Photo Credit: Wix Stock Library
Some people might say that drone piloting has a steep learning curve. Of course, it takes time and practice to get those ideal aerial shots without crash landing everywhere you go, but what if there was an easier way to pilot a drone? While pilots usually fly their drones with a controller, there may come a time when we're all maneuvering the latest Phantom with different body parts like our eyes, arms, or even hips.
Roboticists from the University of Pennsylvania, U.S. Army Research Laboratory, and New York University have been working on a special project that would allow someone to pilot a drone with their eyes. Liangzhe Yuan, Christopher Reardon, Garrett Warnell, and Giuseppe Loiannothat are working with the Tobii Pro Glasses 2 equipped with an IMU (Inertial Measurement Unit) and an HD camera. The Tobii Pro Glasses 2 is an already existing product designed to "to capture natural viewing behavior in any real-world environment." Researchers were able to ally these glasses with a quadcopter for gaze-controlled flight.
Video Credit: Tobii Pro
Using a deep neural network, the glasses can detect the drone's location, the user's location, and where the user is looking. This technology also helps the drone to fly according to the user's head orientation instead of its own, so when a pilot orders their drone to fly to the left, they'll always know which way it's going. In their demonstration video on YouTube, you can see someone testing out the glasses in a workspace. From the glasses point of view, you can see a green dot follow the user's gaze. Once the tester's gaze has settled, a hovering drone flies to that location in the room. Essentially, the project functions as an experiment with "human-guided autonomy" for non-invasive human-robot interactions. Digital Trends described the glasses as a method that's "easy to use" and a possible aid to inexperienced pilots.
Video Credit: ARPL NYU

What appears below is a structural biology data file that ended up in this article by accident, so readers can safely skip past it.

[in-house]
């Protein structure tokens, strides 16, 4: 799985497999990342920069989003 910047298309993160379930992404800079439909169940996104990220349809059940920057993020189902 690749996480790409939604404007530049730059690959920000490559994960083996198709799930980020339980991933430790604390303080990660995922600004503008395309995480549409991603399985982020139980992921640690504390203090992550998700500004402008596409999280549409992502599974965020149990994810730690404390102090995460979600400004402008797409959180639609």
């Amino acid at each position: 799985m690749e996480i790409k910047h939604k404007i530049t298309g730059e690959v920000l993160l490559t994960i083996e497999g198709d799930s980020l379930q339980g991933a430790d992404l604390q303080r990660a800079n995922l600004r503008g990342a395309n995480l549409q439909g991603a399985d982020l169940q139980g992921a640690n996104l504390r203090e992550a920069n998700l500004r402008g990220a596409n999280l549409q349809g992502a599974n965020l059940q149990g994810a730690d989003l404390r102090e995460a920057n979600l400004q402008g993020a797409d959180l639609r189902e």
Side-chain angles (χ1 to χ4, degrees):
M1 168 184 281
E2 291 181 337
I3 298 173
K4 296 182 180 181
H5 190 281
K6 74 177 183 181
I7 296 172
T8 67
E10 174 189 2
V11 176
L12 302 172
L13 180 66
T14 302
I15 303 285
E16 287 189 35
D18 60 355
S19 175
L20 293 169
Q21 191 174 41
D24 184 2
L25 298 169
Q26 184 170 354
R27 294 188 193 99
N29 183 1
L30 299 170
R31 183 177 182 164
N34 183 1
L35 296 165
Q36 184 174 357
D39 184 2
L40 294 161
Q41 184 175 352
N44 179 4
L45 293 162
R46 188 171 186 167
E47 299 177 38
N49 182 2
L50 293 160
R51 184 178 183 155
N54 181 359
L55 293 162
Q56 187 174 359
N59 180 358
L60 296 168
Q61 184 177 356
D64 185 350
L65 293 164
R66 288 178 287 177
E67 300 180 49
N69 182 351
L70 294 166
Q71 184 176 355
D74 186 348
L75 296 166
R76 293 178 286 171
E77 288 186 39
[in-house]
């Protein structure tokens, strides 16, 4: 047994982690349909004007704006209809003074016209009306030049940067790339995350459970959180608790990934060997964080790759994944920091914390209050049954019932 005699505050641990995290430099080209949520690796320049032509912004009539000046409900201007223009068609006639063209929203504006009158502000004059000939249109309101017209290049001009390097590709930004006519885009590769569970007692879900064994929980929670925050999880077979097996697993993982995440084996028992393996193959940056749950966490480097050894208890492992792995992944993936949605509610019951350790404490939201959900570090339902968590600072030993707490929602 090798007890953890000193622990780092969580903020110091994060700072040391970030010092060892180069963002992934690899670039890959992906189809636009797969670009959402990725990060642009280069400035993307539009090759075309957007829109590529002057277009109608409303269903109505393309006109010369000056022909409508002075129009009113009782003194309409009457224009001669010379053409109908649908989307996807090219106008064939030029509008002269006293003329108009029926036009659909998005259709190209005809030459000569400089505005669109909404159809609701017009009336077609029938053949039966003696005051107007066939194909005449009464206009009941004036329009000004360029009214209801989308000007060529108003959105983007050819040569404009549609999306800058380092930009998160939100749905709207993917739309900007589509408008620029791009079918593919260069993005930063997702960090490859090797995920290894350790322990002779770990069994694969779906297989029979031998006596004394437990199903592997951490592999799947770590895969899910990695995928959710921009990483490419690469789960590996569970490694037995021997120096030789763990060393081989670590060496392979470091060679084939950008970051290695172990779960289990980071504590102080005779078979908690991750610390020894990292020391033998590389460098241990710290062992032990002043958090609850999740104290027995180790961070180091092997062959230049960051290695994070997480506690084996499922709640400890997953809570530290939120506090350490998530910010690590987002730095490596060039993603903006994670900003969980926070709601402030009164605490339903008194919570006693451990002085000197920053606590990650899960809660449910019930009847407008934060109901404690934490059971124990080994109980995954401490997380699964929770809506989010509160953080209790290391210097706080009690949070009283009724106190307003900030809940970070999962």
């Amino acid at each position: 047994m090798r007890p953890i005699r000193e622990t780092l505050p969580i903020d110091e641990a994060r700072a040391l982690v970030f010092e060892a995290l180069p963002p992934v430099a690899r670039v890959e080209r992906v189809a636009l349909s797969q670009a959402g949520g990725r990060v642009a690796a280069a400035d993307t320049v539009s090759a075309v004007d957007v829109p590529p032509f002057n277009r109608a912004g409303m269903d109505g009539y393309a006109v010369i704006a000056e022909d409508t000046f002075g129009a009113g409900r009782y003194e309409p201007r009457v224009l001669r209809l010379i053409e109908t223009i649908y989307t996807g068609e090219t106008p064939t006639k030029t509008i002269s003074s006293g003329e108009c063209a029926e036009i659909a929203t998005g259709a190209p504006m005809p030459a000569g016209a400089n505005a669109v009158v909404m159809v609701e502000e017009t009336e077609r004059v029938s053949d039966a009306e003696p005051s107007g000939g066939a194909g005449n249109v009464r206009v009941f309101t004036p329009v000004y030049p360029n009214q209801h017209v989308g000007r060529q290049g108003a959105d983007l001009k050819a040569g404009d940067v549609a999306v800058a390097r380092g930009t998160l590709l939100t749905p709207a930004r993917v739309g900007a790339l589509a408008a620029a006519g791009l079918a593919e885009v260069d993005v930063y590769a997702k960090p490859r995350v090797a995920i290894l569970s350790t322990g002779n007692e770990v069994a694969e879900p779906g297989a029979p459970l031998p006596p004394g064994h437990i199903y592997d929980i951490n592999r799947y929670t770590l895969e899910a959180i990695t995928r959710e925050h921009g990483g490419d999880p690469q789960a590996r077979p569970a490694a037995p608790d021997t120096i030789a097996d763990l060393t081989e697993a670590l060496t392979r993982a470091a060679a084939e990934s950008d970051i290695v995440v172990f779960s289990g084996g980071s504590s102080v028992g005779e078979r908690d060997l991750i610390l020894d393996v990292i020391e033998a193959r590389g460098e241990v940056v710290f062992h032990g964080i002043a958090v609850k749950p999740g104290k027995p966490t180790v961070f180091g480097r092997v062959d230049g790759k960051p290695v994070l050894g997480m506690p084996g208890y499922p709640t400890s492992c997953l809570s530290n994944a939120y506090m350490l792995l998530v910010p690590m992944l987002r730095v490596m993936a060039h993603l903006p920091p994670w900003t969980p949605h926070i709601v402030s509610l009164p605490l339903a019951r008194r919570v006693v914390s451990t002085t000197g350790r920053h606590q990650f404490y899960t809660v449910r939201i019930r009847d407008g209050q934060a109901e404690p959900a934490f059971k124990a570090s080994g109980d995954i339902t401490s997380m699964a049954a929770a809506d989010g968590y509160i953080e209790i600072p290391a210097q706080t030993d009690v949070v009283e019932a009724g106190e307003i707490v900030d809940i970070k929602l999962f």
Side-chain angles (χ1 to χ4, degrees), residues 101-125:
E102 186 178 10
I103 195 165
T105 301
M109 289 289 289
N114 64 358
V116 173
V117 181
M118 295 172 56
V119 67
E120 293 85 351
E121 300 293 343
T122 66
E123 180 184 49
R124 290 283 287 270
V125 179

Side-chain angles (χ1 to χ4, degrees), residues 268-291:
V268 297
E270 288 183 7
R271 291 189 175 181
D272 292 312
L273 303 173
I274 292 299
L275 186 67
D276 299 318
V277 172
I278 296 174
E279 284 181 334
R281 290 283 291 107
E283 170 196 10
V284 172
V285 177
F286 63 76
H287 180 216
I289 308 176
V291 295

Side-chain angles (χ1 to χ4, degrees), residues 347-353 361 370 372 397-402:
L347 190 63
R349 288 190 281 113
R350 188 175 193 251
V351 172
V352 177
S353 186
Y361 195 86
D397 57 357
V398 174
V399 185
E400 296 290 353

Eyes aren't the only way technology experts are looking to streamline drone piloting. The Swiss Federal Institute of Technology in Lausanne (EPFL) is in the process of developing a wearable drone controller. This new technology was developed with assistance from 17 volunteers who were asked to watch simulated drone footage with VR goggles. Researchers also told the volunteers to copy the drone's movement with their bodies while they wore electrodes and 19 motion-capture markers across their upper bodies so that the researchers could identify recurring patterns in their movement. With the data they collected, the researchers were able to design a suit that turns the pilot's body into a drone controller.
Later, another 39 volunteers tested how the wearable controller compared to a regular joystick controller by completing an actual drone course. Their results showed that the controller suit had better steering abilities, and the volunteers learned how to use the suit faster than the joystick. More information on this research can be found on the Proceedings of the National Academy of Sciences of the United States of America website. There, you can see the project's data in detail under the project name: Data-driven body–machine interface for the accurate control of drones. Funded by the Swiss National Science Foundation, these researchers were able to develop an "intuitive, gesture-based control interface for real and simulated drones".
Video Credit: École polytechnique fédérale de Lausanne (EPFL)
One of the researchers and authors of the study's paper, Jenifer Miehlbradt spoke with Inverse, a website dedicated to exploring "the science of anything," about their project. In her interview, she talks about her team's methodology and conveys that the goal of their research was to improve the connection between user and drone, similar to the roboticists. It seems like some technology experts believe that the joysticks or controllers that are currently used to pilot drones create a distance between the pilot and their drone that impedes control and makes learning to fly more difficult. With piloting being facilitated by these "non-invasive" methods, the pilot is free to observe their surroundings without focusing too much on flying.
I am a writer and an artist based in Georgia. Specializing in illustration, graphic design, and video art, I love to explore the new ways technology intersects with art. I think drones have done amazing things for photography and video art, making what would previously be costly and difficult more accessible. As a complete novice, it was only recently that I saw what independent artists could do with their drones, and I continue to be impressed by the sights that drones are able to explore and the images they can capture. Instagram: @tyesha.ferron